Frantumaglia: A Writer’s Journey
By: Elena Ferrante, Ann Goldstein (Translator)
Format/Source: Hardback; my purchase
In this collection of writings and responses gathered from over 30 years of correspondence, the reclusive Italian author addresses her unwavering decision to remain anonymous, her literary inspirations, Italian politics and culture, and the role of the writer (and the publisher) in modern society. Ferrante’s voice is as direct, penetrating, acute, inspiring, and intimate as it is in her acclaimed novels.
This book invites readers into Elena Ferrante’s workshop. It offers a glimpse into the drawers of her writing desk, those drawers from which emerged her three early standalone novels and the four installments of My Brilliant Friend, known in English as the Neapolitan Quartet. Consisting of letters, essays, reflections, and interviews, it is a unique depiction of an author who embodies a consummate passion for writing.
In these pages Ferrante answers many of her readers’ questions she addresses her choice to stand aside and let her books live autonomous lives. She discusses her thoughts and concerns as her novels are being adapted into films. She talks about the challenge of finding concise answers to interview questions. She explains the joys and the struggles of writing, the anguish of composing a story only to discover that that story isn’t good enough. She contemplates her relationship with psychoanalysis, with the cities she has lived in, with motherhood, with feminism, and with her childhood as a storehouse for memories, impressions, and fantasies. The result is a vibrant and intimate self-portrait of a writer at work.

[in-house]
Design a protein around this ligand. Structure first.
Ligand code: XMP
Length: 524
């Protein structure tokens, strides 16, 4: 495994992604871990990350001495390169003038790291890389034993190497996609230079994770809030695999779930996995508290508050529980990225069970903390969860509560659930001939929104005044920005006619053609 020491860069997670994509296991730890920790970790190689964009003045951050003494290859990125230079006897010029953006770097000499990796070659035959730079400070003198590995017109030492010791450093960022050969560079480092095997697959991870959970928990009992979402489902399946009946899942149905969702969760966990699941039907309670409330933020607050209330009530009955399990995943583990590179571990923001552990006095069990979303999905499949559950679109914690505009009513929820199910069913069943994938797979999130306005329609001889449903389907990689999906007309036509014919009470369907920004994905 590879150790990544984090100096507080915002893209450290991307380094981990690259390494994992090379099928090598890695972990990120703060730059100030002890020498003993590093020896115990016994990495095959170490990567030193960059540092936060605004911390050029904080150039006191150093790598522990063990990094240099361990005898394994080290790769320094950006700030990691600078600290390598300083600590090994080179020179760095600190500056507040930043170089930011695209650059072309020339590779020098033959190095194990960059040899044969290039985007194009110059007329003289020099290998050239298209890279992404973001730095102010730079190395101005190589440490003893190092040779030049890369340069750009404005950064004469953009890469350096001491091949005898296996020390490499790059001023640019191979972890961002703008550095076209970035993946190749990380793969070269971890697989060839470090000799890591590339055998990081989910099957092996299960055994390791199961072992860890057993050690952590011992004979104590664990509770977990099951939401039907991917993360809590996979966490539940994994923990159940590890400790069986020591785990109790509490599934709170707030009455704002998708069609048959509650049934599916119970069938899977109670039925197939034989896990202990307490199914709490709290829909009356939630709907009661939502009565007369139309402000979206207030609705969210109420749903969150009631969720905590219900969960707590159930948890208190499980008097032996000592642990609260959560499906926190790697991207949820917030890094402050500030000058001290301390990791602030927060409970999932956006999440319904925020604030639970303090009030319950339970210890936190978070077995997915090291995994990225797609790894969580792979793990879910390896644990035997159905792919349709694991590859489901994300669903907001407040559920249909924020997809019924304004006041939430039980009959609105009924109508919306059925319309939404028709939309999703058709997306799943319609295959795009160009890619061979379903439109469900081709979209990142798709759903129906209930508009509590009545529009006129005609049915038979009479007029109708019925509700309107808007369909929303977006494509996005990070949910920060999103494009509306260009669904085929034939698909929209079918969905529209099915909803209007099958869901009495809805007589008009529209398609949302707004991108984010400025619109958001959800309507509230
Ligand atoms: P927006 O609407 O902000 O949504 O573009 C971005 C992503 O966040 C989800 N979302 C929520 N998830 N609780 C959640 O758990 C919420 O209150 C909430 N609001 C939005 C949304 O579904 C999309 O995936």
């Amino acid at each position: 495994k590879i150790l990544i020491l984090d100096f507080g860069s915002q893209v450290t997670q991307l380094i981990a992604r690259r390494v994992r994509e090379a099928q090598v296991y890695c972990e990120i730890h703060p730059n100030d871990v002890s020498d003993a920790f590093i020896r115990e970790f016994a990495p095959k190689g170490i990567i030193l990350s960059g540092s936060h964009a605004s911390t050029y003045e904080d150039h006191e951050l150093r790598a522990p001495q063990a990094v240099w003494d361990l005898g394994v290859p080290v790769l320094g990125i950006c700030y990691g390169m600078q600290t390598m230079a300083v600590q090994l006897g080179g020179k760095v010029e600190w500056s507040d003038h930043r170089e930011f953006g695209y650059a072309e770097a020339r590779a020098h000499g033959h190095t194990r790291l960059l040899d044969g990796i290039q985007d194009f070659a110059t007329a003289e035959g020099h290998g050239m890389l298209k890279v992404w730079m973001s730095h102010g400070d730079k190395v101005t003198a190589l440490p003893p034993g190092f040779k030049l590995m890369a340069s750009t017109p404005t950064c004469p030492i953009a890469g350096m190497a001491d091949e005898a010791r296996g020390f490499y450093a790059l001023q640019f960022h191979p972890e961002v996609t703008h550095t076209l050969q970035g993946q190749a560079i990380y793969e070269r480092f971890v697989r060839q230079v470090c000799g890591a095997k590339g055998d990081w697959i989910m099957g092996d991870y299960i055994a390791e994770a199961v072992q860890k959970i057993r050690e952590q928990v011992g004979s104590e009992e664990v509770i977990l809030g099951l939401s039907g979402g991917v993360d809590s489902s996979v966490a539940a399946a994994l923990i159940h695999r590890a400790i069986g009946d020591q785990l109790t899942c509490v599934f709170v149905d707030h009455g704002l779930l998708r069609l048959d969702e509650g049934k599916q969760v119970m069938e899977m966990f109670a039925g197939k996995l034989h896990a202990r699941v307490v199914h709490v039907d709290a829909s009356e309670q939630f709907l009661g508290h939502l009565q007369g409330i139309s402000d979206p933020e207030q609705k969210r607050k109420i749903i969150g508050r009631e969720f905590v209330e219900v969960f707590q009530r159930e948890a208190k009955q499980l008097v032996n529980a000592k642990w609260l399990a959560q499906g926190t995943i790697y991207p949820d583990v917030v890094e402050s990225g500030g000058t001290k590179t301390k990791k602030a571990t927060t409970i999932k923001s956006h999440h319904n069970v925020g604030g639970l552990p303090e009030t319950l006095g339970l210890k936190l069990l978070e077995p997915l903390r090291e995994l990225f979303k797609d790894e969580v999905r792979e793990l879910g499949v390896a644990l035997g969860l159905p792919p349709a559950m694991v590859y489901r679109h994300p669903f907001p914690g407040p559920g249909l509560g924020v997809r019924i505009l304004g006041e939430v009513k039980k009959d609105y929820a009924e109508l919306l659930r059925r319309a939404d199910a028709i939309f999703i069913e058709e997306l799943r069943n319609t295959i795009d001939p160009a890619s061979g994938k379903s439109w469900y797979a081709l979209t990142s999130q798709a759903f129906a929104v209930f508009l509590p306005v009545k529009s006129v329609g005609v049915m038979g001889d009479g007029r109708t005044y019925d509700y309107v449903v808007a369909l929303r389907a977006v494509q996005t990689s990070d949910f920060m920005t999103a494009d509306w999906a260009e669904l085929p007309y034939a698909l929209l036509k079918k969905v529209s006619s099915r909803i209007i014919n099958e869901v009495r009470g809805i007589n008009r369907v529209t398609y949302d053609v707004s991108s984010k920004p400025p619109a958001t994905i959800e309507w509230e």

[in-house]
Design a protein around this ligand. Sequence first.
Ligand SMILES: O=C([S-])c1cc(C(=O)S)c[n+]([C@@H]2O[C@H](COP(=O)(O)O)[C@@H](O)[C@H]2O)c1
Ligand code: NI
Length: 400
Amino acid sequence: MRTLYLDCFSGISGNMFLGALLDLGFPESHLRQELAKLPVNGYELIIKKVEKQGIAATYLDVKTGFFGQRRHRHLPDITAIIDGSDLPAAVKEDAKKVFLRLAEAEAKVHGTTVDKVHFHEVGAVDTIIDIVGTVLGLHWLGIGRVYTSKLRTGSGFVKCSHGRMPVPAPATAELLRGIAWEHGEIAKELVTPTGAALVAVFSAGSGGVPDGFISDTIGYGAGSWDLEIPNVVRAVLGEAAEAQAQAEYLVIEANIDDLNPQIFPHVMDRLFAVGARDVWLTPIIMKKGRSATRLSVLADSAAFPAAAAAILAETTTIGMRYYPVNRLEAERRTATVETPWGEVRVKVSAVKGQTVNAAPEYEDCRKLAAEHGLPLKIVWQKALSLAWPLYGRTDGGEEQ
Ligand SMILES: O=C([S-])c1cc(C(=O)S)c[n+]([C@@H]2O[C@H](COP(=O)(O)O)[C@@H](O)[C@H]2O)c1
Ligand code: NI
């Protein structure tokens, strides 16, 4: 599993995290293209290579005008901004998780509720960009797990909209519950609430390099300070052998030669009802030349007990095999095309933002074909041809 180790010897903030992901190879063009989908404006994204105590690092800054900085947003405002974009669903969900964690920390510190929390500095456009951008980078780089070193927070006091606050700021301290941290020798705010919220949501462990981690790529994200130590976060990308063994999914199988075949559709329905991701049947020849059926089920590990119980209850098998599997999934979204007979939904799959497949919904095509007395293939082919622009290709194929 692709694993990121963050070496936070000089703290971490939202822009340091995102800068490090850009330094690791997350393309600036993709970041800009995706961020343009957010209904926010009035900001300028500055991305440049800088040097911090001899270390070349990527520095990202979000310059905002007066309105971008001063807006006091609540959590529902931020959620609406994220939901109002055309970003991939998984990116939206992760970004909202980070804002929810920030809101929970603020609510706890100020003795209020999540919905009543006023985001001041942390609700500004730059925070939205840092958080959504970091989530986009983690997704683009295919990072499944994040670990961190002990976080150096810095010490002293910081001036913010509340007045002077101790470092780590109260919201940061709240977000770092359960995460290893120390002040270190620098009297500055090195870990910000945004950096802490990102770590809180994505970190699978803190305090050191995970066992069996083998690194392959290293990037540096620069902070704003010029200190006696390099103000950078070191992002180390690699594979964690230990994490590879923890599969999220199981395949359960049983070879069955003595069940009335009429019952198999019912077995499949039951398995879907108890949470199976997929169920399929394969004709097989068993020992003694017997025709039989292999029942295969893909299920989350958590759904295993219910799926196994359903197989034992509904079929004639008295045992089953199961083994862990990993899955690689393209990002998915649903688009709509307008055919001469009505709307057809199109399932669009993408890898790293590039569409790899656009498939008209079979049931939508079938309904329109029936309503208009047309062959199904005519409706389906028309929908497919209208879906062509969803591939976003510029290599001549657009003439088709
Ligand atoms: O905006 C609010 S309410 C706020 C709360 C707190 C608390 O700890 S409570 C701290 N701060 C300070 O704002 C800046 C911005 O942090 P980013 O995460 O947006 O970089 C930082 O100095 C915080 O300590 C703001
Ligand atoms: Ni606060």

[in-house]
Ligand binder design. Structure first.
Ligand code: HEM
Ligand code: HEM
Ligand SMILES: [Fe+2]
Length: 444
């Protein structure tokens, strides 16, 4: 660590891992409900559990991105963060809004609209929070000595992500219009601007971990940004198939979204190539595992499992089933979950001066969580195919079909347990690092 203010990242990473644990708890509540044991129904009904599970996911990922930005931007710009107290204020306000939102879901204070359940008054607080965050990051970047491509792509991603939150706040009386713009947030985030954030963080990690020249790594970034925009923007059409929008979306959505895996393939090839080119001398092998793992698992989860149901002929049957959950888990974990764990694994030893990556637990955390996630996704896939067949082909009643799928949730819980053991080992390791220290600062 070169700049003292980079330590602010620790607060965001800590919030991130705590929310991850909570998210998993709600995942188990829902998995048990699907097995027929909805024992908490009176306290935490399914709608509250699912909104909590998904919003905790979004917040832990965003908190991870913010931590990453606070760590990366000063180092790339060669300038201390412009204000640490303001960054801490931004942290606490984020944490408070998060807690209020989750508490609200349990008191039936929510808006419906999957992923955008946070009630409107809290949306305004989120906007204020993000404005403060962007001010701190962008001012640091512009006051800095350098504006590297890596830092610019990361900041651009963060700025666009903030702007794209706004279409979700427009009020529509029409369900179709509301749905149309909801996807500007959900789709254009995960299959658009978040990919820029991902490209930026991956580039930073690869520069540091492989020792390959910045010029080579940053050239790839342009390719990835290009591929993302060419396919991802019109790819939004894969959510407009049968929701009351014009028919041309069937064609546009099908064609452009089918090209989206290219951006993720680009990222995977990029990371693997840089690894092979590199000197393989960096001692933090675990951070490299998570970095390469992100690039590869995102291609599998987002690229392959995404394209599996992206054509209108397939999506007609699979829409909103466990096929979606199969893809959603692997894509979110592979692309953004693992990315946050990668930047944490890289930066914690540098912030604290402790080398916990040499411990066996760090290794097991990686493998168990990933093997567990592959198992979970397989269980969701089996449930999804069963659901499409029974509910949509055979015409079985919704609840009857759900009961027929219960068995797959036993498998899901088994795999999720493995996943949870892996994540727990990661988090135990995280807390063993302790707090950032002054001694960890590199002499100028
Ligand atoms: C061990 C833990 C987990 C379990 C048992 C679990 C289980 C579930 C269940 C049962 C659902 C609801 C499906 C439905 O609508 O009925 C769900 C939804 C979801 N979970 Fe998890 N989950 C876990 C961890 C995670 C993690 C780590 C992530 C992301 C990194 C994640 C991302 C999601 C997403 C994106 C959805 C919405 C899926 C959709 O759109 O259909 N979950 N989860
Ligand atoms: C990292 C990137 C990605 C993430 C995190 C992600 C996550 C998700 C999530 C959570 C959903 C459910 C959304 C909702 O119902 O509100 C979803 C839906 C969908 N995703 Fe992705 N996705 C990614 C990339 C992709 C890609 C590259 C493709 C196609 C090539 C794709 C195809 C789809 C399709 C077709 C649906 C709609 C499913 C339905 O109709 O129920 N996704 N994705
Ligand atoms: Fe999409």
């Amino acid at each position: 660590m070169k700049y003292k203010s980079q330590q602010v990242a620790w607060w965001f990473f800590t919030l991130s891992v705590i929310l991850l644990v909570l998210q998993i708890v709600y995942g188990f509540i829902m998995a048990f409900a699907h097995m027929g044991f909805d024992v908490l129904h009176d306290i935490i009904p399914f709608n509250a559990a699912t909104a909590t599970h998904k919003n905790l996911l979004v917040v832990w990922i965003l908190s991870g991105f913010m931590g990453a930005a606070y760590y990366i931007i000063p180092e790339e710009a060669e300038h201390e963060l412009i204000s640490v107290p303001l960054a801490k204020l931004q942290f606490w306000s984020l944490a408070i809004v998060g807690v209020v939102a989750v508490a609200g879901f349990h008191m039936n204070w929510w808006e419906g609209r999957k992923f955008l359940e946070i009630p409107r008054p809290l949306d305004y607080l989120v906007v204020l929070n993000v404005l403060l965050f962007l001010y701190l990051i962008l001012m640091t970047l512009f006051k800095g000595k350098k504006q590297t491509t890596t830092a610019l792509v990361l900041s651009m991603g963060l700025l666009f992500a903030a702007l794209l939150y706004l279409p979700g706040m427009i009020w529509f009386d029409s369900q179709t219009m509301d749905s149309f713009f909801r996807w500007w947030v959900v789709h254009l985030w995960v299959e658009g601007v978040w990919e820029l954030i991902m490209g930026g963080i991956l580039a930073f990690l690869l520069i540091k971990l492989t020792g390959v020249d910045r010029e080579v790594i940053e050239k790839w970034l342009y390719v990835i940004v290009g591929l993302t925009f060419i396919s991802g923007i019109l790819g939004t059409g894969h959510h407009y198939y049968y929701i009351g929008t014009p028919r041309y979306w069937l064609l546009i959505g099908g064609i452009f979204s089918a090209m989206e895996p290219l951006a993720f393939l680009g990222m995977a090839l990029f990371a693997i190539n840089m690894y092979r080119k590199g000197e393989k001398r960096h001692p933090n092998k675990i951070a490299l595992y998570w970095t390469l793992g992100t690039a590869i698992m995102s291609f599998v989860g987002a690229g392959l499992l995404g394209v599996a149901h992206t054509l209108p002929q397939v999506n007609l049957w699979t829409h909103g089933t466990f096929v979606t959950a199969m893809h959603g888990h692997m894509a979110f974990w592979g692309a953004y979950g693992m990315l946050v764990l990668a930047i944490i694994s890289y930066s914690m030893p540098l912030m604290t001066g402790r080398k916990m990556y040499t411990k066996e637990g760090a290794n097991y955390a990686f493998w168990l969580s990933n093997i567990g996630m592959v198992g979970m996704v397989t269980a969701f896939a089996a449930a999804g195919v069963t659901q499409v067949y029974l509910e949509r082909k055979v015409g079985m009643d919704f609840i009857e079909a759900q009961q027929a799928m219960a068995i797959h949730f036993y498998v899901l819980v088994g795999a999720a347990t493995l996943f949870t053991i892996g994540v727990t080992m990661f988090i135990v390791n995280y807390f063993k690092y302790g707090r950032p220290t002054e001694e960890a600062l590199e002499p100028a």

I finally read it, omg. This book has been sitting on my TBR pile for some time now. I’ve read pretty much all of her books to date save for maybe one or two of the more recent stuff, but I was pretty excited for this one because it promised to provide insight into her writing process her thoughts aout writing and her stories and whatnot.
So this book covers all of the letters and interviews up to the Neapolitan quartet. The reader gets a sense of her thought process into the books and stories that she writes, why her characters are the way they are, topics and issues about women and the society they live in, about the state of Italy, upbringing, and family ties–the relationships and how they inform you as persons. Meticulous was the word that sprang to mind as I was reading these letters and writings of hers; she thinks about motives, everything in her stories is crafted in a particular way, told in a certain matter, for a reason. The commentaries also reinforce her belief that her work stands on its own especially after it is completed; she has no interest in putting herself forward as a public figure behind her writing simply because, why for?
I think you definitely have to be in a particular mood to read her thoughts and ideas behind her stories and the storytelling process because it can get pretty abstract. It can also be dense at times but it’s still worth checking out if you’re a fan of her books or enjoy learning more about a writer’s thought process.